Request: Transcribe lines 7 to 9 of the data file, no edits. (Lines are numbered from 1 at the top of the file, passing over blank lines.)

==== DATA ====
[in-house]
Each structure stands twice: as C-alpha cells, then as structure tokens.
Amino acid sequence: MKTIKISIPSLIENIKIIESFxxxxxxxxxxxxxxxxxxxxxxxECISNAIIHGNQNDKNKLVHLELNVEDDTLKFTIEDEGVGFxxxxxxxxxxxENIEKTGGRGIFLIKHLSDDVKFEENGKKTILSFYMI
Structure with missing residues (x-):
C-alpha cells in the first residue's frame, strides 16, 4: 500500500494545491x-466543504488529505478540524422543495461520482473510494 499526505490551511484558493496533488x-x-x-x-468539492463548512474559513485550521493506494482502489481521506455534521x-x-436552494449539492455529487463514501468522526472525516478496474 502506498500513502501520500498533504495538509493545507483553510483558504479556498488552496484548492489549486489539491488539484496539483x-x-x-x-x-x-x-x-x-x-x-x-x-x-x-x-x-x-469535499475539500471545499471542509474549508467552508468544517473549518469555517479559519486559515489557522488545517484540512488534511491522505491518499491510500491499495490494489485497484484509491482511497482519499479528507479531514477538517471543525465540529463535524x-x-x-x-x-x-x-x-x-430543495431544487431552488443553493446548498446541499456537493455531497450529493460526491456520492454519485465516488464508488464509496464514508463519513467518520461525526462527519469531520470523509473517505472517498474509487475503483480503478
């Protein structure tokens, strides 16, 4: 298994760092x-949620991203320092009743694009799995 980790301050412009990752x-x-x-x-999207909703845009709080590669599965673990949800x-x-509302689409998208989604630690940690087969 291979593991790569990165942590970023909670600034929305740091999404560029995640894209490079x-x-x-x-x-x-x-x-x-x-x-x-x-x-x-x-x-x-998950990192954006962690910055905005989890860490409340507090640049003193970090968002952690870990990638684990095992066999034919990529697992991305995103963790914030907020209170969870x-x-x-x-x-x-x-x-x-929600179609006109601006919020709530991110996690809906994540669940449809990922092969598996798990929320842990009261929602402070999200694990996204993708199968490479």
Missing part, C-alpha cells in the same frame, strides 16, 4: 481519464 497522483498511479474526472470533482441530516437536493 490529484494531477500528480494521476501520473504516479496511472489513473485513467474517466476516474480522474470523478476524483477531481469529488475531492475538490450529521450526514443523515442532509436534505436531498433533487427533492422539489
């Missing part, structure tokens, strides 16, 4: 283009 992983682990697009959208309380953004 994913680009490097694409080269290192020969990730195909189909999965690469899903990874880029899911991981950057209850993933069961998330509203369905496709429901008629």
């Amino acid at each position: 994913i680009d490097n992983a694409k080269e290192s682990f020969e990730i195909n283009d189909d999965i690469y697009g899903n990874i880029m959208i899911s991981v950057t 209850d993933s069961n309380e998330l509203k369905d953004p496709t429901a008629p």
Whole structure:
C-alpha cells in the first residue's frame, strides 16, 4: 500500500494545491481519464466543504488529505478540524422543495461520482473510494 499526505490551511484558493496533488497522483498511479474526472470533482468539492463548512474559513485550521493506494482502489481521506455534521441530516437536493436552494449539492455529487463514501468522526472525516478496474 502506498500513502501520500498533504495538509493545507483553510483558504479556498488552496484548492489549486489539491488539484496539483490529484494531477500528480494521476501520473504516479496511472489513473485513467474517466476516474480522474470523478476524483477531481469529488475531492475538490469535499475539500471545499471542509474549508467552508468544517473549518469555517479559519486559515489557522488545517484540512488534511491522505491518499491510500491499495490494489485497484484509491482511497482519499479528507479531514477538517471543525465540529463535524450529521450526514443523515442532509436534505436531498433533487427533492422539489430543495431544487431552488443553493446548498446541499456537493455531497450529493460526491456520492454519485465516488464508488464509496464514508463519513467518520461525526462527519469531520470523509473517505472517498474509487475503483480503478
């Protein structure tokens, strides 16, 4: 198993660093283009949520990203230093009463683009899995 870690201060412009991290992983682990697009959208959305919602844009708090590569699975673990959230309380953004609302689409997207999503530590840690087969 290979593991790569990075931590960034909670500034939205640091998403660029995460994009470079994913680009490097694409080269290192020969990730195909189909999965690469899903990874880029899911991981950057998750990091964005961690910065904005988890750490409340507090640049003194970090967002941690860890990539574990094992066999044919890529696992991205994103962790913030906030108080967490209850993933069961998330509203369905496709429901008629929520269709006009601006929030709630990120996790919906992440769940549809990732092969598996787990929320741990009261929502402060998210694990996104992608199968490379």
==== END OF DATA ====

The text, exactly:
Missing part, C-alpha cells in the same frame, strides 16, 4: 481519464 497522483498511479474526472470533482441530516437536493 490529484494531477500528480494521476501520473504516479496511472489513473485513467474517466476516474480522474470523478476524483477531481469529488475531492475538490450529521450526514443523515442532509436534505436531498433533487427533492422539489
């Missing part, structure tokens, strides 16, 4: 283009 992983682990697009959208309380953004 994913680009490097694409080269290192020969990730195909189909999965690469899903990874880029899911991981950057209850993933069961998330509203369905496709429901008629």
């Amino acid at each position: 994913i680009d490097n992983a694409k080269e290192s682990f020969e990730i195909n283009d189909d999965i690469y697009g899903n990874i880029m959208i899911s991981v950057t 209850d993933s069961n309380e998330l509203k369905d953004p496709t429901a008629p």